KNOXVILLE, Tenn. - A University of Tennessee student accused of hacking the personal e-mail account of former Gov. Sarah Palin cannot screen potential jurors by questionnaire.
Jury convicts Wasilla man of sexual abuse
WASILLA - A 61-year-old Wasilla man has been convicted of sexually abusing three young girls.
Mendenhall Lake campground closes
JUNEAU - The Mendenhall Lake Campground will close early for the season today to allow for construction, which includes resealing water and sewer manholes in the road bed.
Washington ramps up labor enforcement
SEATTLE - Bob Blank's frustration is evident when he talks about an inspection of his Okanogan County farm by U.S. Department of Labor wage inspectors.
Pig's 11 newborns draw crowd at fair
ANCHORAGE - A young mother gave birth at the Alaska State Fair and became a star attraction.
NTSB posts Alaska Ranger documents
ANCHORAGE - The National Transportation Safety Board has posted on its Web site more than 7,000 pages of documents related to its investigation of the sinking of the Alaska Ranger.
North Pole woman shoves friend from car
FAIRBANKS - Police arrested a North Pole woman accused of shoving her friend out of a moving vehicle.
Kotzebue fire destroys 3 homes
ANCHORAGE - An early morning fire destroyed the homes of three families in Kotzebue.
GOP starts process to replace Therriault
FAIRBANKS - Alaska Republicans are taking applications to replace state Sen. Gene Therriault, the veteran North Pole lawmaker who resigned to take a job with the Parnell administration.
Dinner with Palin part of charity auction
ANCHORAGE - Want to have dinner with former Gov. Sarah Palin? Plan on writing a big check.
Anchorage displays wounded officer's hat
ANCHORAGE - Thirty years ago, Anchorage Deputy Police Chief Ross Plummer was one of the officers responding to a report of a suspicious person at grocery store.
284 soldiers return to Fort Wainwright
FAIRBANKS - Family and friends were on hand to greet 284 soldiers from Fort Wainwright returning from a year in Iraq.
Cougar caught in city being released in wild
SEATTLE - A cougar that apparently had lived in Seattle for more than two weeks and forced the city's largest park to close was captured early Sunday and returned to the wild, state wildlife officials said.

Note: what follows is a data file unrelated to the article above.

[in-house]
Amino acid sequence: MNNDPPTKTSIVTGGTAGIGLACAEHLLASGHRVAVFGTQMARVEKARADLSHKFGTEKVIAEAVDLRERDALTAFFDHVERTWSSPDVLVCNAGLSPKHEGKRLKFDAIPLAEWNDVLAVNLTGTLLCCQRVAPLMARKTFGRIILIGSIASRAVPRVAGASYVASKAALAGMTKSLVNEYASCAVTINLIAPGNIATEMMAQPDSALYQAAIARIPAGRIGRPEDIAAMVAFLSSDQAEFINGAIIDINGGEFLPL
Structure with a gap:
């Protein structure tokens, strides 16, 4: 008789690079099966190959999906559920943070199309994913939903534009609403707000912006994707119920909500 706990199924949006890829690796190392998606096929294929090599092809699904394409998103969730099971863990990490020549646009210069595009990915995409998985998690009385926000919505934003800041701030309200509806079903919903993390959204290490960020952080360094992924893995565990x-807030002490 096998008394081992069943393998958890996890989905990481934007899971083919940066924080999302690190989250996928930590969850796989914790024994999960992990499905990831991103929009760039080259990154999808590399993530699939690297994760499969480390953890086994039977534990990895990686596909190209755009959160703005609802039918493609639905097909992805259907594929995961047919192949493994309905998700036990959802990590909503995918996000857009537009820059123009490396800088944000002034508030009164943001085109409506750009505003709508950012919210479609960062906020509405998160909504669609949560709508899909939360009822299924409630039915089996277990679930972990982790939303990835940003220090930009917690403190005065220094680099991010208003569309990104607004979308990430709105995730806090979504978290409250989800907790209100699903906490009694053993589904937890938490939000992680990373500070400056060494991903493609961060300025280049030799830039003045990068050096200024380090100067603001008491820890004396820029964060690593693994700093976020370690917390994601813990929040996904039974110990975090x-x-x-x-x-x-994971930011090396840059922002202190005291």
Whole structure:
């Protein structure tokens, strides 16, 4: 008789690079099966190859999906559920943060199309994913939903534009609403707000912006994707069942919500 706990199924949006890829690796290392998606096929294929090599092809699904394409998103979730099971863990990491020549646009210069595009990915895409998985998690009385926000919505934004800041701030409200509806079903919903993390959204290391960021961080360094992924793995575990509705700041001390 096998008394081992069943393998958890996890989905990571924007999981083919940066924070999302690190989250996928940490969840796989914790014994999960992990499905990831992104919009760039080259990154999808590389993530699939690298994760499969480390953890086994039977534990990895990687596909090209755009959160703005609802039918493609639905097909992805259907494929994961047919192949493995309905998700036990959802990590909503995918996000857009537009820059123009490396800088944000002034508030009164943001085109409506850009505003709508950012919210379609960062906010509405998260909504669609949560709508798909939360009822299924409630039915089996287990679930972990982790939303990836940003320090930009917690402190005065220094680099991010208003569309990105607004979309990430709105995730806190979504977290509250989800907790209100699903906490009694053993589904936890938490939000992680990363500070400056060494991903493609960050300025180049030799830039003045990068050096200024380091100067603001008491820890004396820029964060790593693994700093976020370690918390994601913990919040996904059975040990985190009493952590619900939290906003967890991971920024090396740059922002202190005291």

Alaskans, Russians discover common ground to dance on
ANCHORAGE - Four years of training and research culminated in a trip to the Chukotka, Russia, last month when the Sivulliq Youth Media students filmed Russian dancers for "The Lost Dances," a DVD that will trace the shared traditions of Russian and Alaska indigenous song and dance.
Tiny 'Tuk' helps man climate's front line
TUKTOYAKTUK, Northwest Territories - Caught between rising seas and land melting beneath their mukluk-shod feet, the villagers of Tuktoyaktuk are doing what anyone would do on this windy Arctic coastline. They're building windmills.
Masek asks court to delay sentencing in bribery case
ANCHORAGE - Former Rep. Bev Masek has asked to have her sentencing on a bribery charge delayed because a witness won't be available for the hearing in Anchorage.
Child death confirmed as swine flu case
A 10-year-old Fairbanks child died Friday night from symptoms of H1N1 virus, also known as swine flu.
Vibrant colors greet Denali visitors as season winds down
DENALI NATIONAL PARK - Denali rolled out her fabled tundra carpet for visitors in mid-August, sprawling acres of fiery red, orange, green and gold, lush with wild berries and wildlife preparing for winter.
Delta wind farm online and ready to add generator
ANCHORAGE - Two years and a lot of hard work later, a wind farm that now generates electricity into the Golden Valley Electric Association grid is taking shape on a knoll near Delta Junction. Alaska Environmental Power, LLC has one wind generator up and running, and has set the foundation for another. The generator site is northwest of Delta.
Amid downturn, more students enrolling at colleges in Alaska
FAIRBANKS - All it took was a wet summer for Chris Nield to decide he needed a new career.
US, Canada near agreement to control pollutants from ships
WASHINGTON - The five-story-tall engines on oceangoing vessels burn some of the dirtiest oil - bottom-of-the-barrel bunker - and churn out a substantial amount of the air pollution in American port cities, coastal communities along shipping lanes and places hundreds of miles inland.